Staring at the Sun

Now there is something you do not do everyday: looking at the Sun. But other than gazing into the blinding light, have you ever tried to take a picture? And what would it look like? Together with a friend, we decided to give it a go. Both equipped with a camera and a camera-phone, we aimed up into the sky. The results were not quite what we expected…

You will want to look at these pictures in full screen (click on them) to appreciate how photographically deformed our star actually is, with our pretty customary equipment. This first picture, was taken with an iPhone. If you leave the resolution as it is, you may think that the Sun looks like a burning ball in the sky, which it is. But now click on the image, and you will see that it is actually a hexagon. The Sun is a hexagon! If you think about how that can happen, you must suppose that this deformation is the shutter of the camera which leaves its mark in such an extreme shot. However awkward that is, our other shots did not share the same quirk. We found others…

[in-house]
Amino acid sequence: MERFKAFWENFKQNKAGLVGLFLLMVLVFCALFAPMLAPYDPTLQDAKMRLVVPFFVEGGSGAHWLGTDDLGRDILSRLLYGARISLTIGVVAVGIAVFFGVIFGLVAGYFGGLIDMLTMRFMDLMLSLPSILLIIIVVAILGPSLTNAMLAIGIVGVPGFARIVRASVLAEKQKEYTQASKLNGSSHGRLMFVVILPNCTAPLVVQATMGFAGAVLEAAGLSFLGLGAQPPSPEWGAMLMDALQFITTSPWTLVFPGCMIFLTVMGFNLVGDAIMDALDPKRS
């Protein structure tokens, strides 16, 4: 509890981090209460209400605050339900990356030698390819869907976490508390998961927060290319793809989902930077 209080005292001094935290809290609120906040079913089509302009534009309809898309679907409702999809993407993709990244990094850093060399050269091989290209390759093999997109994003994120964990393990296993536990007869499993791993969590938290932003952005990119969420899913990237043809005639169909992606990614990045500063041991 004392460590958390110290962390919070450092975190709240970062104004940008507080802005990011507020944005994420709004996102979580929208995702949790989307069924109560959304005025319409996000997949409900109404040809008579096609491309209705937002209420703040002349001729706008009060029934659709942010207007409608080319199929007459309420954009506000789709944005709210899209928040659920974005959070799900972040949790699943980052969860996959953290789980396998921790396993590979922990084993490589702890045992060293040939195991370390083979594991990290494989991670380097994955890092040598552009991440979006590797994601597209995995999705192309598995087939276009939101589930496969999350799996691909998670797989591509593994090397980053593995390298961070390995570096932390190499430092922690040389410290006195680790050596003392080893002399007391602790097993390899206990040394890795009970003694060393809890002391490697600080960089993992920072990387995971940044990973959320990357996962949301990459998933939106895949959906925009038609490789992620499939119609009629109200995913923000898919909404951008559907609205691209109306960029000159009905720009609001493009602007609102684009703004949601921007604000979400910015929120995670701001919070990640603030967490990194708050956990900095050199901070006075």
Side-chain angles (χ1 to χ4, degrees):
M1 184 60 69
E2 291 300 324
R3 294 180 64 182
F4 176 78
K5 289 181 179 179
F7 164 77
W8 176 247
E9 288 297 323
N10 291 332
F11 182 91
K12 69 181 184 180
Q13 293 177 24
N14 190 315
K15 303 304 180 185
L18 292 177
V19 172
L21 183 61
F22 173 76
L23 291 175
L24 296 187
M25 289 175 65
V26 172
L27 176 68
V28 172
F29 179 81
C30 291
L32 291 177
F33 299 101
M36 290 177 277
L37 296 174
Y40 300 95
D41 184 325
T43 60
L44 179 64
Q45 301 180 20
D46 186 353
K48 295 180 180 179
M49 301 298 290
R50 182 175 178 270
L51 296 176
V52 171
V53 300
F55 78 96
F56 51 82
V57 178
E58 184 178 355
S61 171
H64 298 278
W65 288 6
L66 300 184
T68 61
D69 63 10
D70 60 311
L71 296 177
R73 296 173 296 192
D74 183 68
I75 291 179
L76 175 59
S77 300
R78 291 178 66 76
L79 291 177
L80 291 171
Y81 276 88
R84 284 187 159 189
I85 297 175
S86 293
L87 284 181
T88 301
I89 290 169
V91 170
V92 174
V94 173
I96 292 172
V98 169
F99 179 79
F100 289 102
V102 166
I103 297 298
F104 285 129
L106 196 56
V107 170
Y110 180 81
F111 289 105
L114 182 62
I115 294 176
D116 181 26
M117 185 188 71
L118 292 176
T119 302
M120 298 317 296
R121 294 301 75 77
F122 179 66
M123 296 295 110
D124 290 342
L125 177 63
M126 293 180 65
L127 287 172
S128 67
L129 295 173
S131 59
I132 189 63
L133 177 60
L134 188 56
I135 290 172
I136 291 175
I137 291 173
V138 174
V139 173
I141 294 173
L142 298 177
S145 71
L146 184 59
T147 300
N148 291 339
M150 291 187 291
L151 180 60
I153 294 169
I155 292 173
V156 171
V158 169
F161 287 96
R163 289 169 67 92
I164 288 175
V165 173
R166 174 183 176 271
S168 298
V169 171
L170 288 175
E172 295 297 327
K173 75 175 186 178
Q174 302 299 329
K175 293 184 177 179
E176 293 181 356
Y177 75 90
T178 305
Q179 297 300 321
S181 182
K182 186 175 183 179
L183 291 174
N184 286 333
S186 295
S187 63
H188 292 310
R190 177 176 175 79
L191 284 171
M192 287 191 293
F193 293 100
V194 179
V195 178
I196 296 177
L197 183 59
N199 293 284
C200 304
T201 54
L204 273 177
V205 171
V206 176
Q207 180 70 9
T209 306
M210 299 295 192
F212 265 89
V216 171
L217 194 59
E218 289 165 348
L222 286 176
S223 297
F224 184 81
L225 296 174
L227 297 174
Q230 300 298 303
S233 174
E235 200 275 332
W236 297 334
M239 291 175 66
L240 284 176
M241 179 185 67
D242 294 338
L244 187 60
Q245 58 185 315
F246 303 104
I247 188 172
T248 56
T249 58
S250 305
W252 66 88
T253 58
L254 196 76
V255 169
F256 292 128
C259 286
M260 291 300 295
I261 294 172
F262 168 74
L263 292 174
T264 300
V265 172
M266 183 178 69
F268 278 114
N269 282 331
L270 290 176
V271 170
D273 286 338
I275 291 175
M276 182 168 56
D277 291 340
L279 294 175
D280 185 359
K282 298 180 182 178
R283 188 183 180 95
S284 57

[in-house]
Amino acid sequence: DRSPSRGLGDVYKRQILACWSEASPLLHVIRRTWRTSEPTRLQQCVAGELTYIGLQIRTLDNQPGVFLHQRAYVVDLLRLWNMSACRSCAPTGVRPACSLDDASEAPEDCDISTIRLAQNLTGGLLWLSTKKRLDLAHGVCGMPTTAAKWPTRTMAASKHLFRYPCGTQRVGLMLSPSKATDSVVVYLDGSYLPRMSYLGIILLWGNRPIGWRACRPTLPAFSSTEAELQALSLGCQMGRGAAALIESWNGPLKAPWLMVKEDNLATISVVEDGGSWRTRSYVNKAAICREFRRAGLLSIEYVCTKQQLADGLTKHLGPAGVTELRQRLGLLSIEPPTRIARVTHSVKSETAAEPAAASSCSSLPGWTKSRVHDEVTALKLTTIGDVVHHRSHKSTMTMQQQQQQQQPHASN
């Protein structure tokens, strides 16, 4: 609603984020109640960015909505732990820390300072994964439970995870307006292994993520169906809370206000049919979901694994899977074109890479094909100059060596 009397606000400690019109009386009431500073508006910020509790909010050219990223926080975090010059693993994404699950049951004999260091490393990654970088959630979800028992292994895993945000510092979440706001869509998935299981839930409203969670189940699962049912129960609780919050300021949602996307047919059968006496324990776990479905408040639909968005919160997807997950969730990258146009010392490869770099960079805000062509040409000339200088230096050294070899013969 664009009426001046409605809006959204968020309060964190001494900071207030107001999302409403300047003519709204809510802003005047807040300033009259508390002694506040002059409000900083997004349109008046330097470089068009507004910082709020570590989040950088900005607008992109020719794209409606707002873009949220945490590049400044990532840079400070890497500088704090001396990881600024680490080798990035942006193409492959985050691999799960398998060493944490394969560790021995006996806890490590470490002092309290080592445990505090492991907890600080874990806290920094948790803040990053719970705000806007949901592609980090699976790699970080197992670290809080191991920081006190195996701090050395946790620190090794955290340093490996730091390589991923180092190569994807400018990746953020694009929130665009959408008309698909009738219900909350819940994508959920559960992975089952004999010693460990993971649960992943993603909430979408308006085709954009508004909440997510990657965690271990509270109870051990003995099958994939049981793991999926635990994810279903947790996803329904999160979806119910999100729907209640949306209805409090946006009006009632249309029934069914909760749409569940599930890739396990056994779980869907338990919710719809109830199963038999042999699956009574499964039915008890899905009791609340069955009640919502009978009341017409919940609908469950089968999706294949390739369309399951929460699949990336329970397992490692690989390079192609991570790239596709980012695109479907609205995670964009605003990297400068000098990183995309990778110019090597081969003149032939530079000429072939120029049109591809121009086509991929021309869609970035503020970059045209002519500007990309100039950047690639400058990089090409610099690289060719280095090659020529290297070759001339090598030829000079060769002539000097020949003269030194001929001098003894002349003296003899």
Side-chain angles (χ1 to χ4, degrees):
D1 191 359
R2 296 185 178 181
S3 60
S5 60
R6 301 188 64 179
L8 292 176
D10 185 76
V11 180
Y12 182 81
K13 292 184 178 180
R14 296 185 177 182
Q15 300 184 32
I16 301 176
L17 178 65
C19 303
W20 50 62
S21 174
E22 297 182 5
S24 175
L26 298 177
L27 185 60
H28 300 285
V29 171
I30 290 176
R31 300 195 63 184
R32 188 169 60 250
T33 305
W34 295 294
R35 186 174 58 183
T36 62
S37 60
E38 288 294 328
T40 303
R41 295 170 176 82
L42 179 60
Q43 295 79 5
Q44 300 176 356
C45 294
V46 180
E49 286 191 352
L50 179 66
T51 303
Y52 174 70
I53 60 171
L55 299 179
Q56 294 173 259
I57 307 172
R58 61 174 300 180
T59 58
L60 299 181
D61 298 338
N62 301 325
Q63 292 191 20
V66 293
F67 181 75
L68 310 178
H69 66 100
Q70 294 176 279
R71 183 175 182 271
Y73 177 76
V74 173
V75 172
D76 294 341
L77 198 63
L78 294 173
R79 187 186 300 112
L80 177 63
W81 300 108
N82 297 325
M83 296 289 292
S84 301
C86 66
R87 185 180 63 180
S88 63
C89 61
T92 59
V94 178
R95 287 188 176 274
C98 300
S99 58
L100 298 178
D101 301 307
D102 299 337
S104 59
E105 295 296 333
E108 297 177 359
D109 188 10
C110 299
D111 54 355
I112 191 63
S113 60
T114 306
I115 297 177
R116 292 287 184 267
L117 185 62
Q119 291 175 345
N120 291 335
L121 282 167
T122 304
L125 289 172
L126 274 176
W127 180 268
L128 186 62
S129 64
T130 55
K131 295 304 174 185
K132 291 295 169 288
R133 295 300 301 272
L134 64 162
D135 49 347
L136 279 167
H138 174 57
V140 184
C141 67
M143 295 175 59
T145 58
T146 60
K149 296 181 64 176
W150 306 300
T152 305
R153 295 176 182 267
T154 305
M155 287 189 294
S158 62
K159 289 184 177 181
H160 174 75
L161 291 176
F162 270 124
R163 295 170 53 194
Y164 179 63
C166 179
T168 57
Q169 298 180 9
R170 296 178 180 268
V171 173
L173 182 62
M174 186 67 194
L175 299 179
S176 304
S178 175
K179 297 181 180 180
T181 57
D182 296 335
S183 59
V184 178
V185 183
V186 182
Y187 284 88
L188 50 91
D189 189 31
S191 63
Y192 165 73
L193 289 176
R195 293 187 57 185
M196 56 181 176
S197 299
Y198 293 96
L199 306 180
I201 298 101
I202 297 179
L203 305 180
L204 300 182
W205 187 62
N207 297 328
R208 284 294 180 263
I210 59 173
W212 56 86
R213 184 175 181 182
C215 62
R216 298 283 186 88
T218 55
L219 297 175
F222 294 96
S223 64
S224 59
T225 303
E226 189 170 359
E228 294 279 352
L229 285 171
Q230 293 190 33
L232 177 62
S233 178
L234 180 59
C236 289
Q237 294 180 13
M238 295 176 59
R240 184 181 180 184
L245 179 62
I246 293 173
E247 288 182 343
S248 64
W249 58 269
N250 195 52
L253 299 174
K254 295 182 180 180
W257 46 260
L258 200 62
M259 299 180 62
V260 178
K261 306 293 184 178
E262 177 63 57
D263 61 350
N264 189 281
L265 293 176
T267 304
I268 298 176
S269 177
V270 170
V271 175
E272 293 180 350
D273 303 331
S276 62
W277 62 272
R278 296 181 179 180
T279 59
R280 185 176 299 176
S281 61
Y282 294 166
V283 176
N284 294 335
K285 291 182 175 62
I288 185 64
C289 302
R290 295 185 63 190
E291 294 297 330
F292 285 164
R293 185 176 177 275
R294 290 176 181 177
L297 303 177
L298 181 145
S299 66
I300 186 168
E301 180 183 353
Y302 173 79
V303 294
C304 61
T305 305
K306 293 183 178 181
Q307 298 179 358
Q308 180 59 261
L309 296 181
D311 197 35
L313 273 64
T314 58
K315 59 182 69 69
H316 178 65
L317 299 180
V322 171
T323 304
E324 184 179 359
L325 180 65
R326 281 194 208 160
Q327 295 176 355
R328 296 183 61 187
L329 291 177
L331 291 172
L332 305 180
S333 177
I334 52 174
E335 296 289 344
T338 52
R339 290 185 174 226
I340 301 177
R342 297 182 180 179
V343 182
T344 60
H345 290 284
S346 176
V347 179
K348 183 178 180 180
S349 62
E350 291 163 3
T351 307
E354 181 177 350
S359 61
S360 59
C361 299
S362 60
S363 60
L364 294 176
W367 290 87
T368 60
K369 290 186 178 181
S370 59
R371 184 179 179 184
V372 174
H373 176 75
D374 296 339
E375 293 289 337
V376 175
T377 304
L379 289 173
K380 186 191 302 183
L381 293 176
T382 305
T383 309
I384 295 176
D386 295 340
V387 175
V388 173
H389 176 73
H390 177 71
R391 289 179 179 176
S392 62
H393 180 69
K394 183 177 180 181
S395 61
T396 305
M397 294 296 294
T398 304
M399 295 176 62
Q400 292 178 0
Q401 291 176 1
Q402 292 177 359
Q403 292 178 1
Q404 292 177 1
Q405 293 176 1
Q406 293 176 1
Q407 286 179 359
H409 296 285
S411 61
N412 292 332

Before you think that the hexagon-print is a camera-phone issue, with it having to fit into a minuscule gadget and all that, bear with us. So out comes the HTC Wildfire to see what happens there with its 5 megapixel camera. We point it up to the sky and … who would have guessed – you can see the rings of Saturn around the Sun! Of course, a picture of the Sun is not the kind of image you would expect a camera-phone to be able to deal with, but it is a pretty neat effect. I am not sure why the picture comes out like that – are the “rings” the last cracks still open when the shutter closes? I would presume so.

It was time to try a compact. We had a Panasonic Lumix at our disposal. Have a good look at the picture to the left here. Admittedly we no longer have a hexagon in the sky, nor a Saturn-type star with rings, but if you look well, you could say it is worse! The Sun now looks like a lemon! It is squashed in the middle and little points sticking out on the extremities. This is probably the biggest deformation of reality from the batch we tried here… there is now no more time to waste.

Our last chance was taking out the heavy guns – a Sony DSLR with a dark filter. Now the Sun looks like a haze in the night-time. Admittedly, a haze is better than what we saw before, but with the dark filter it is almost as if we are looking at a bright full moon. But at least, you might think, it is not lemon. Nor is it shiny Saturn. And thankfully, it is not a hexagon either. But if we learnt anything today, it would be that if you do want to take a picture of the sun, you might need heavier equipment than you have.


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